• Section 3505 (page 117) – paying Federal Work Study (FWS) students. This section specifically allows schools to pay their FWS students if the campus has to close (although online classes are still being offered) and students cannot work any longer on campus.
  • Section 3506 / 3507 (page 118) – for students who withdraw, ignoring usage limits. Pell Grants and Subsidized Loans have aggregate limits so that once you use your limits, you can’t have any more Pell (or Subsidized Loans). Under this section if you withdraw during the period of national emergency, the Pell or Subsidized Loan you received won’t count against your limits.
  • Section 3508 (pages 118-119) – Institutional refunds and loan flexibility. Again this section is for students who withdraw during this emergency. Under this section, neither institutions nor students would have to return unearned aid to the government (like we usually do if you don’t attend at least 60% of the term). In addition, if a student withdraws, the amount of any Federal loan borrowed for that period would be cancelled.
  • Section 3509 (page 119) – Satisfactory Academic Progress. This section says that for students who withdraw due to the emergency, colleges can ignore the courses that they have withdrawn from in determining their completion percentage (which has to be above 66.6%).
  • Sections 3510, 3511, 3512 (pages 119-124). These cover foreign institutions, emergency waivers, and HBCU capital financing. Important for these schools, but not relevant to many of you students.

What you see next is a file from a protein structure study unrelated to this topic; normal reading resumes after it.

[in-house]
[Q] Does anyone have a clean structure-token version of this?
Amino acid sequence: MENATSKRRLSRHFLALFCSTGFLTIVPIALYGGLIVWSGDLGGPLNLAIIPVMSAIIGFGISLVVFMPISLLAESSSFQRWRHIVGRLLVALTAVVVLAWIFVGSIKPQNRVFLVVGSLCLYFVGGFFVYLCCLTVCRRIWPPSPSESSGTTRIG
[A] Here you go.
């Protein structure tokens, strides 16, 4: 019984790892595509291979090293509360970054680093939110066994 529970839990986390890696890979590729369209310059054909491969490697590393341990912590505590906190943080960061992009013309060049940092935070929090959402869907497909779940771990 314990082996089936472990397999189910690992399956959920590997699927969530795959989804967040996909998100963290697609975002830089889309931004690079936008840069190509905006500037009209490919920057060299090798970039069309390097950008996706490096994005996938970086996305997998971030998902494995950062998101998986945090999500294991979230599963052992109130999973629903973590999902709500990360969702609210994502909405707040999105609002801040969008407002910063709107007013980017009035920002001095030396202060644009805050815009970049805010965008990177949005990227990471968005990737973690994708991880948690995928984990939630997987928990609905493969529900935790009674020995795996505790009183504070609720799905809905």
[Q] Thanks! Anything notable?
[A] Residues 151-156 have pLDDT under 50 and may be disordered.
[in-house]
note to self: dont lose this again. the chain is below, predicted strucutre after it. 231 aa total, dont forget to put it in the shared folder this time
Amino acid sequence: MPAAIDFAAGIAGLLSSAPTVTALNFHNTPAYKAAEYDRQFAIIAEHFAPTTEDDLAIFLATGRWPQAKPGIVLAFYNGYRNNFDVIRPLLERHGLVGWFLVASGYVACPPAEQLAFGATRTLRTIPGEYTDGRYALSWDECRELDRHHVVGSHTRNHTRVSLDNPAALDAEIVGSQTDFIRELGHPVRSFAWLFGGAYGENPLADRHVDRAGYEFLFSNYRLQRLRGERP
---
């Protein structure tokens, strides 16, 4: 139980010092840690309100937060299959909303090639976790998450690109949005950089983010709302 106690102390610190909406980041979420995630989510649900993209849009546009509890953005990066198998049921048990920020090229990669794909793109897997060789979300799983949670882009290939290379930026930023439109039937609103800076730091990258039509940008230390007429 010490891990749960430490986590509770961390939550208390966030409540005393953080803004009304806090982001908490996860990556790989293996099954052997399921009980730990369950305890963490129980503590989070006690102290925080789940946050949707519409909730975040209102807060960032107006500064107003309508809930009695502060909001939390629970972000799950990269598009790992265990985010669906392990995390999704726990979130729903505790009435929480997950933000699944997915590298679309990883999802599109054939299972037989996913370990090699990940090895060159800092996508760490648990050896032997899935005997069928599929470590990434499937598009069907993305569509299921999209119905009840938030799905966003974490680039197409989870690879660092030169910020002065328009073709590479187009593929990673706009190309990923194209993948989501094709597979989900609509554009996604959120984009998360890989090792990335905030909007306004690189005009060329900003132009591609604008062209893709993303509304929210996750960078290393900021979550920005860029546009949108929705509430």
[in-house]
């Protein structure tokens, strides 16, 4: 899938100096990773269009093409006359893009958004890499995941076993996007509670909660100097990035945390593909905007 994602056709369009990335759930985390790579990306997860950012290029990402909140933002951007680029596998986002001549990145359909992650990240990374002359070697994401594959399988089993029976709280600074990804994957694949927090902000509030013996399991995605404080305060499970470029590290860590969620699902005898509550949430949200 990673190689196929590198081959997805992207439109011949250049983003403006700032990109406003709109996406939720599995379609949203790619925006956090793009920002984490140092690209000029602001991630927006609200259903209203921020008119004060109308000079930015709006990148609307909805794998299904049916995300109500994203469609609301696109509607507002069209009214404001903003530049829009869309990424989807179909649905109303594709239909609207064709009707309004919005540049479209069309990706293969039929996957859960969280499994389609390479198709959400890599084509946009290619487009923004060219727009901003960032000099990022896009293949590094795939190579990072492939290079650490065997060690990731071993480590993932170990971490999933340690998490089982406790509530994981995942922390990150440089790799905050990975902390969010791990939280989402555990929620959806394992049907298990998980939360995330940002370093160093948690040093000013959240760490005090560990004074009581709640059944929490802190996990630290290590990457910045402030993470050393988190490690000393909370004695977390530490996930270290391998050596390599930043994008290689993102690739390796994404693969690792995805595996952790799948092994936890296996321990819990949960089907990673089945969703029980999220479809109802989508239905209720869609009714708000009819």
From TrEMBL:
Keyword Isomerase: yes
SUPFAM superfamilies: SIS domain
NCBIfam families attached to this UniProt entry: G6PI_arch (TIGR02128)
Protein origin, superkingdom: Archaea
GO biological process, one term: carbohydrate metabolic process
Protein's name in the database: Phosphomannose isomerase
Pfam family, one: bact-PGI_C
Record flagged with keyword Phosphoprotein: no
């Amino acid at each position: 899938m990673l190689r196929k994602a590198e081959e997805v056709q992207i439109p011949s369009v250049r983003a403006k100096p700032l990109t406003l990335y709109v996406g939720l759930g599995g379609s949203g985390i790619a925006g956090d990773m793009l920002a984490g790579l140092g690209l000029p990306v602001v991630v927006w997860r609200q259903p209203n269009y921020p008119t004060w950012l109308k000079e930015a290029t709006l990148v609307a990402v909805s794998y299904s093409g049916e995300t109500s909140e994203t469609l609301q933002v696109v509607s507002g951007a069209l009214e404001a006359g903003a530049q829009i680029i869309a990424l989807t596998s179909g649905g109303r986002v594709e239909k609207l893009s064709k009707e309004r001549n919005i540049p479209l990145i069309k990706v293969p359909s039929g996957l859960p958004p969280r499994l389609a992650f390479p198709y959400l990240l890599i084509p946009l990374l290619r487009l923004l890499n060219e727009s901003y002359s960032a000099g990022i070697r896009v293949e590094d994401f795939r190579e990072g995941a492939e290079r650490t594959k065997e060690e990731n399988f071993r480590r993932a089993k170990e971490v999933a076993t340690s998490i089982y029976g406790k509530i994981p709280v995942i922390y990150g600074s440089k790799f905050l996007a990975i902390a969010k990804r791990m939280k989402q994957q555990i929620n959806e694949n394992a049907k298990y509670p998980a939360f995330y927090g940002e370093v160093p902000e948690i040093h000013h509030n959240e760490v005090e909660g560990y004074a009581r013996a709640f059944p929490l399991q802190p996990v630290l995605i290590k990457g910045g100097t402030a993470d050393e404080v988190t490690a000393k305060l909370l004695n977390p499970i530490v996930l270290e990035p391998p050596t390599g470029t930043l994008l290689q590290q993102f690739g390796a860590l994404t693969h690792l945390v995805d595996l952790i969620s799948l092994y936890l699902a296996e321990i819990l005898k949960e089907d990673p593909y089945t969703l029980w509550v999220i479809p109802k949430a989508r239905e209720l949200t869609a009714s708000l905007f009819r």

• Section 3513 (pages 124-125) – Federal student loan relief. Under this section, Federal student loan interest rates are set to 0% and no payments are required for 6 months (until September 30, 2020). In addition, all forms of collection (wage garnishment, reducing tax refunds or other federal benefits) are halted.

There are some other Higher Ed sections but they are mainly technical (pages 125-130). The only one that may interest some of you is the waiver of teaching service for those receiving the TEACH grant during this time.

Sooooo…… lots of changes. When does this all go into effect?? Well technically as of the day the law was signed but we usually get some guidance from Federal Student Aid at the Department of Education on how to implement changes. We have no guidance or announcements yet on the CARES Act so stay tuned. There is a lot more to come.

For now, ask your questions. I’m sure you have some. I can’t promise answers but I will sure try!!

Why the sudden interest in my interest? (Coronavirus Update 2)

It has been quite a week. I’m sure you feel the same. I’m trying to balance my need to be updated constantly with the latest news with a desire not to be constantly inundated with what’s going on.